Heat in a cold climate. Household energy choices in the Scandinavian north, 1890-1970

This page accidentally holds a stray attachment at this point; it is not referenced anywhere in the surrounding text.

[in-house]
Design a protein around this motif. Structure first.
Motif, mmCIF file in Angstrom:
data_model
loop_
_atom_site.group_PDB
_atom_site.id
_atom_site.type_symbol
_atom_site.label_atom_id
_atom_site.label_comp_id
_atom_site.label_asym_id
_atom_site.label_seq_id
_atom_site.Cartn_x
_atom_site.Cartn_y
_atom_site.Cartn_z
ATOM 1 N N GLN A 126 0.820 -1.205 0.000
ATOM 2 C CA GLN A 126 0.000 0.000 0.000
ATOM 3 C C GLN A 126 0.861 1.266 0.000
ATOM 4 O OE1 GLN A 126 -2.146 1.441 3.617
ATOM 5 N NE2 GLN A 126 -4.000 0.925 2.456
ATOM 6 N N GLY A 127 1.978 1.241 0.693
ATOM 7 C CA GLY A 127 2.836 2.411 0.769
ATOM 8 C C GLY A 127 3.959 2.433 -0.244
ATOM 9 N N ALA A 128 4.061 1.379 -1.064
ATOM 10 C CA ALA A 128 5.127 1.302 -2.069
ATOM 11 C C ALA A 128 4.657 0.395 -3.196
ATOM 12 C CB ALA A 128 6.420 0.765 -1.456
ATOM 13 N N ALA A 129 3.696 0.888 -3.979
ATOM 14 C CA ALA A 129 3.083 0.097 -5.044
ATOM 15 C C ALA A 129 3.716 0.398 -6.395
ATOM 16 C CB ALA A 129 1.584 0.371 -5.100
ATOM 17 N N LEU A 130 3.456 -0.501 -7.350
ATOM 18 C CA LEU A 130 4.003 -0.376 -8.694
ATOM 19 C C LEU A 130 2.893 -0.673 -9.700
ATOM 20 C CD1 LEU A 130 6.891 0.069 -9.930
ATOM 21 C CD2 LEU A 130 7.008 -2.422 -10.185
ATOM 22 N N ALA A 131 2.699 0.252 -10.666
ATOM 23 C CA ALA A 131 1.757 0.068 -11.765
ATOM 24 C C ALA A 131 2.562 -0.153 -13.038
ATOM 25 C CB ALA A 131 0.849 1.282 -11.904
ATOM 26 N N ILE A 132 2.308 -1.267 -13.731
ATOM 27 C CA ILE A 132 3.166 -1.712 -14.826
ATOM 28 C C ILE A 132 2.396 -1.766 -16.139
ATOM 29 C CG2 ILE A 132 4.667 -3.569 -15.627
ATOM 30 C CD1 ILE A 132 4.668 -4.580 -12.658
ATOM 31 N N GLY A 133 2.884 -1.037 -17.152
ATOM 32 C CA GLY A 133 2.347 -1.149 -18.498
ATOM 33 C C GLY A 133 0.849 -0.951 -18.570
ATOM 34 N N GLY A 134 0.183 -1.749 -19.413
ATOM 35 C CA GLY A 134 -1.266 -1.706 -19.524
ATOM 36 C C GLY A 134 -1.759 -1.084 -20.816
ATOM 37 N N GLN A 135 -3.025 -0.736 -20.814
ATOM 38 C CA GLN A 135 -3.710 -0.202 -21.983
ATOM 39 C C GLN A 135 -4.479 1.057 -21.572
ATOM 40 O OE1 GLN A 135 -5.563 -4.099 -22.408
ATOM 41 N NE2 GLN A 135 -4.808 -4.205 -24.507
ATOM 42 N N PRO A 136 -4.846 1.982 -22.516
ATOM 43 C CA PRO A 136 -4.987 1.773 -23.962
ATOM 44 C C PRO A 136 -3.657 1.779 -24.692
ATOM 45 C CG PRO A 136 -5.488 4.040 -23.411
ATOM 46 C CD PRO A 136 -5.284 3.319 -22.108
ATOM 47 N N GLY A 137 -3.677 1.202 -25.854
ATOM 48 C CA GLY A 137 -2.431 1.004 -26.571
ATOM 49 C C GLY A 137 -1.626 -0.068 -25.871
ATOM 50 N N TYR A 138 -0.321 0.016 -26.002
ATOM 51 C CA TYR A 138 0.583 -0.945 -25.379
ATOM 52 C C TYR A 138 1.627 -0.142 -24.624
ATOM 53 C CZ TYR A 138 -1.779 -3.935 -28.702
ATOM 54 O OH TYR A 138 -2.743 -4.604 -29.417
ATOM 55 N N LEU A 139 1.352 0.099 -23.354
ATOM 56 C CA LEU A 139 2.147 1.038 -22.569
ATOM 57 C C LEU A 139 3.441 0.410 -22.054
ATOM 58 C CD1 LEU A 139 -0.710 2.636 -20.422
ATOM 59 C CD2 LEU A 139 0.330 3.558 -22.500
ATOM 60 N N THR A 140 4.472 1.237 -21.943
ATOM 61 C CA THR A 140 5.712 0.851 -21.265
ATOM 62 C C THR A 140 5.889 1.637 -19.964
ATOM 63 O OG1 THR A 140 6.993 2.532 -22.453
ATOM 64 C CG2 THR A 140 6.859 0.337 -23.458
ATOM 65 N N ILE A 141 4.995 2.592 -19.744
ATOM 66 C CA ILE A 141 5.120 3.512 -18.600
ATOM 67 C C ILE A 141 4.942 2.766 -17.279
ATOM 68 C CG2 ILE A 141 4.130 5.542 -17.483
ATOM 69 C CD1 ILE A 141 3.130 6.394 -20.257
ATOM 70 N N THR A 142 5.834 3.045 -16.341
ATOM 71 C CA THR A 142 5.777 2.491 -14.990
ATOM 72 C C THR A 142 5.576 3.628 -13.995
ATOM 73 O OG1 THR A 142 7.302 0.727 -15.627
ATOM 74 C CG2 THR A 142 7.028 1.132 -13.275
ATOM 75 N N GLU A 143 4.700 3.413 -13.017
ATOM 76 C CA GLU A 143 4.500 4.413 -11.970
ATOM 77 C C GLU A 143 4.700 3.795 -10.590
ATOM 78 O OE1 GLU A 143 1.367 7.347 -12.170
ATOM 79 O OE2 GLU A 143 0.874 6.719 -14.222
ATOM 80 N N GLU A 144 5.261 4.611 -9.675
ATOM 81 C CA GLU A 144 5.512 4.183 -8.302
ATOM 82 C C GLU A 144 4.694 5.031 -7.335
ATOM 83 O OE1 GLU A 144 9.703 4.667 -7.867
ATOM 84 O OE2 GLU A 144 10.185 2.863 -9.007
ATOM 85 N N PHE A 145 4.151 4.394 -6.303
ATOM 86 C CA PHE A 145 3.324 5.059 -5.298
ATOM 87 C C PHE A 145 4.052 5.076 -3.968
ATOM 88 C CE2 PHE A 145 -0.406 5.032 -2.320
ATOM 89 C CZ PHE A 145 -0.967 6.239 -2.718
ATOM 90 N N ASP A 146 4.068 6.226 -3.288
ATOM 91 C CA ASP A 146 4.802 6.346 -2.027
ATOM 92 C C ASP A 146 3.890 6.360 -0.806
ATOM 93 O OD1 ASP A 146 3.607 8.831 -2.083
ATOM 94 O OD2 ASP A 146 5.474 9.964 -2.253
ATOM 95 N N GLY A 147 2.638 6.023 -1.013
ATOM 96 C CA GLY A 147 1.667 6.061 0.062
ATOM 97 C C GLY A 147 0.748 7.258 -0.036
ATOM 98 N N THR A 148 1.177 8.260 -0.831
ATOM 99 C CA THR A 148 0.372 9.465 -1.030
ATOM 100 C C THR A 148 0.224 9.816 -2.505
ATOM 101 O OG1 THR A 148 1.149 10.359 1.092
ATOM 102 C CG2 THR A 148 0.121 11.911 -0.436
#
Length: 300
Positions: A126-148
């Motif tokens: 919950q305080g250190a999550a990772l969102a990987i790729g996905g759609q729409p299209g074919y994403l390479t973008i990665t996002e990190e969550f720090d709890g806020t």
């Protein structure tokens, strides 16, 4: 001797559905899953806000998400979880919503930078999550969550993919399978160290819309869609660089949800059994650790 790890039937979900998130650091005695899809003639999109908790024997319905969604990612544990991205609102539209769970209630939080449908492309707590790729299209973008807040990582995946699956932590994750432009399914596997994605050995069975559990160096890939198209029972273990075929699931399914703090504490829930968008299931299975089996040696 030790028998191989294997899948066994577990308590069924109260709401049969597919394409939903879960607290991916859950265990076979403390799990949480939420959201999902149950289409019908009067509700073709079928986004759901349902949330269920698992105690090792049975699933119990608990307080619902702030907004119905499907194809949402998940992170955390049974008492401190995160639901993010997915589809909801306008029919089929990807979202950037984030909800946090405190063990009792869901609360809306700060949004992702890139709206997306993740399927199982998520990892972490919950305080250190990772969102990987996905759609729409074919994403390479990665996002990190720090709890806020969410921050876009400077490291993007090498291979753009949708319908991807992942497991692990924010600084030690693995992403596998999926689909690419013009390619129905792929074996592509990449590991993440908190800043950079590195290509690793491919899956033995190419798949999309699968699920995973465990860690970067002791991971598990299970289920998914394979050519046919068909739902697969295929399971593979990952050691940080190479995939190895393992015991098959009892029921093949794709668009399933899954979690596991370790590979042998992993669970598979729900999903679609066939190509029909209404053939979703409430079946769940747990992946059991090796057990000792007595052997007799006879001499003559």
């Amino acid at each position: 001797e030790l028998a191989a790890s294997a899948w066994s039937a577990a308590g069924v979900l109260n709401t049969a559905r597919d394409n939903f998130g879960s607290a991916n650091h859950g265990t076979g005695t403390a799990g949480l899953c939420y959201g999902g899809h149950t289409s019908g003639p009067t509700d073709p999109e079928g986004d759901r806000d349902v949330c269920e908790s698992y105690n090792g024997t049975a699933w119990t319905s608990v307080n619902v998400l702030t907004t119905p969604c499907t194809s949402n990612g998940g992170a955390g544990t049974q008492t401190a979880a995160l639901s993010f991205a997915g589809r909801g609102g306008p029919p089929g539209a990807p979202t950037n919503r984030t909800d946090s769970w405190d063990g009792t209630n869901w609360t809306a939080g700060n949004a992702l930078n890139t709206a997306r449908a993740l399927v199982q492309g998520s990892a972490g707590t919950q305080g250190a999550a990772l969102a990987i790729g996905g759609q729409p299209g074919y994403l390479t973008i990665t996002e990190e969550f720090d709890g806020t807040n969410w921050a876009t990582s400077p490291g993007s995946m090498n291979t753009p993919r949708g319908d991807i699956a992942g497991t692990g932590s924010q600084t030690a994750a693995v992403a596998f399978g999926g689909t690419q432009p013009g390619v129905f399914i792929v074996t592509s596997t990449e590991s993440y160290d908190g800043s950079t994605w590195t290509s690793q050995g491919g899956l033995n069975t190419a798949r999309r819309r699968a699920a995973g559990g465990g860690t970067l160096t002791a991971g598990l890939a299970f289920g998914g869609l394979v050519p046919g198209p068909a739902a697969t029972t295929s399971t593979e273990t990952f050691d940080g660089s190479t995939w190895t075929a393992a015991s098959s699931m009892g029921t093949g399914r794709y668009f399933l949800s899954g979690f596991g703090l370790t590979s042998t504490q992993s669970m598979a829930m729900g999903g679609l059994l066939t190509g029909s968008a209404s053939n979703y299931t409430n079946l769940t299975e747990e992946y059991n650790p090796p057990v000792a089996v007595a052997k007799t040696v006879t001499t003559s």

This article examines the timing, scale and cause of transitions between different kinds of household energy use and especially heating in northern Sweden, with a focus on Norrbotten, between the late nineteenth century and 1970. It examines the related but separate histories of the adoption of new heating technologies, such as stoves and boilers, and the choice of fuels, such as firewood, coke, oil, and electricity, providing new data on the scale of consumption and timing of transition. The article demonstrates the important linkage between domestic fuel choice and labour markets, whether labour in farm and forest affecting stove use in the nineteenth century, or increased female labour participation outside the home and rising wages in the twentieth. The article goes beyond discussions of price and technology to consider the wider contexts of domestic use not only in terms of home life, but also industrial development and labour markets in northern Sweden.